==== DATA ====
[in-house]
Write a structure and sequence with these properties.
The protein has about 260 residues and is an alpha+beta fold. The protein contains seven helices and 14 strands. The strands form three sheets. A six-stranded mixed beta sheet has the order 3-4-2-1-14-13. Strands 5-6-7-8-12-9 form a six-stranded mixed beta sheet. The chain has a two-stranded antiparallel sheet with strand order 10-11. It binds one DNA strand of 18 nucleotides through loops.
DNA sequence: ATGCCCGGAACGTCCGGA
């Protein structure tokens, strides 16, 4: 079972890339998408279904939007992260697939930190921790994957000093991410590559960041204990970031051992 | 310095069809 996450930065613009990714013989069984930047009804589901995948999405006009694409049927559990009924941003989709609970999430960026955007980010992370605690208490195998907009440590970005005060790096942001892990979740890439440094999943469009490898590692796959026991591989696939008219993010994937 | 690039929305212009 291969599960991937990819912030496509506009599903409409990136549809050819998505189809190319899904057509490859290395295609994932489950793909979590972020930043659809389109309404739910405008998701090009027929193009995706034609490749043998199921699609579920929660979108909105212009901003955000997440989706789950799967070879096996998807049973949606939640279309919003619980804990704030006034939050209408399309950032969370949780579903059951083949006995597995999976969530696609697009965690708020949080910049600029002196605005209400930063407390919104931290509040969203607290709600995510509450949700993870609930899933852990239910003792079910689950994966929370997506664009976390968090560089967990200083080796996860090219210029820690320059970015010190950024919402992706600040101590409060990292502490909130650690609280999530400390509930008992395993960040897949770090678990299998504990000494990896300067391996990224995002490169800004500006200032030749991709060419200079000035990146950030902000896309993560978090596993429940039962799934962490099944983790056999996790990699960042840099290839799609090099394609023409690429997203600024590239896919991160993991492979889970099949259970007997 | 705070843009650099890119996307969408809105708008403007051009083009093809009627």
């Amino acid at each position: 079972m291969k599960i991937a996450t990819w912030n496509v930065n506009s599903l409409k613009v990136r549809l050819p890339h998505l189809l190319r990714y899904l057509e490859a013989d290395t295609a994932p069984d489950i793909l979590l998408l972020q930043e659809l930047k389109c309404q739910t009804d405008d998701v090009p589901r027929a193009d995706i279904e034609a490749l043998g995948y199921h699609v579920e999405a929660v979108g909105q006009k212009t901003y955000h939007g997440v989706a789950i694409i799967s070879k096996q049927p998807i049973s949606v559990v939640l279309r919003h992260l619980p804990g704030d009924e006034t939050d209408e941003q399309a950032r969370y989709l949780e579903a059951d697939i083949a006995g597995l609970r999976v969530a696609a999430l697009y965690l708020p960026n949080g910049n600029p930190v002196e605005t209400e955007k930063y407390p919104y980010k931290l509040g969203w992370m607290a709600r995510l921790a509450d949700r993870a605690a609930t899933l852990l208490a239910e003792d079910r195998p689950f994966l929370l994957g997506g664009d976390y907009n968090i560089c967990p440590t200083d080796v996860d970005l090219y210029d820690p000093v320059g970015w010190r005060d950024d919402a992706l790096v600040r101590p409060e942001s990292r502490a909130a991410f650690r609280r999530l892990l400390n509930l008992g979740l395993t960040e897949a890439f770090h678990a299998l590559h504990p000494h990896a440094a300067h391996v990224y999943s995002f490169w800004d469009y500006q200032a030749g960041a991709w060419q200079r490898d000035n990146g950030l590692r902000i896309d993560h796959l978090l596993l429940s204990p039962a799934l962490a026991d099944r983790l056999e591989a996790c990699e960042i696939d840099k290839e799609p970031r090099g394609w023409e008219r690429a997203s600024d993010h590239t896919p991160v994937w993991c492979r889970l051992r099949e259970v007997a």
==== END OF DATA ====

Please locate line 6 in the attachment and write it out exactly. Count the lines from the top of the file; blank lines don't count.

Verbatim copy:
């Amino acid at each position: 079972m291969k599960i991937a996450t990819w912030n496509v930065n506009s599903l409409k613009v990136r549809l050819p890339h998505l189809l190319r990714y899904l057509e490859a013989d290395t295609a994932p069984d489950i793909l979590l998408l972020q930043e659809l930047k389109c309404q739910t009804d405008d998701v090009p589901r027929a193009d995706i279904e034609a490749l043998g995948y199921h699609v579920e999405a929660v979108g909105q006009k212009t901003y955000h939007g997440v989706a789950i694409i799967s070879k096996q049927p998807i049973s949606v559990v939640l279309r919003h992260l619980p804990g704030d009924e006034t939050d209408e941003q399309a950032r969370y989709l949780e579903a059951d697939i083949a006995g597995l609970r999976v969530a696609a999430l697009y965690l708020p960026n949080g910049n600029p930190v002196e605005t209400e955007k930063y407390p919104y980010k931290l509040g969203w992370m607290a709600r995510l921790a509450d949700r993870a605690a609930t899933l852990l208490a239910e003792d079910r195998p689950f994966l929370l994957g997506g664009d976390y907009n968090i560089c967990p440590t200083d080796v996860d970005l090219y210029d820690p000093v320059g970015w010190r005060d950024d919402a992706l790096v600040r101590p409060e942001s990292r502490a909130a991410f650690r609280r999530l892990l400390n509930l008992g979740l395993t960040e897949a890439f770090h678990a299998l590559h504990p000494h990896a440094a300067h391996v990224y999943s995002f490169w800004d469009y500006q200032a030749g960041a991709w060419q200079r490898d000035n990146g950030l590692r902000i896309d993560h796959l978090l596993l429940s204990p039962a799934l962490a026991d099944r983790l056999e591989a996790c990699e960042i696939d840099k290839e799609p970031r090099g394609w023409e008219r690429a997203s600024d993010h590239t896919p991160v994937w993991c492979r889970l051992r099949e259970v007997a």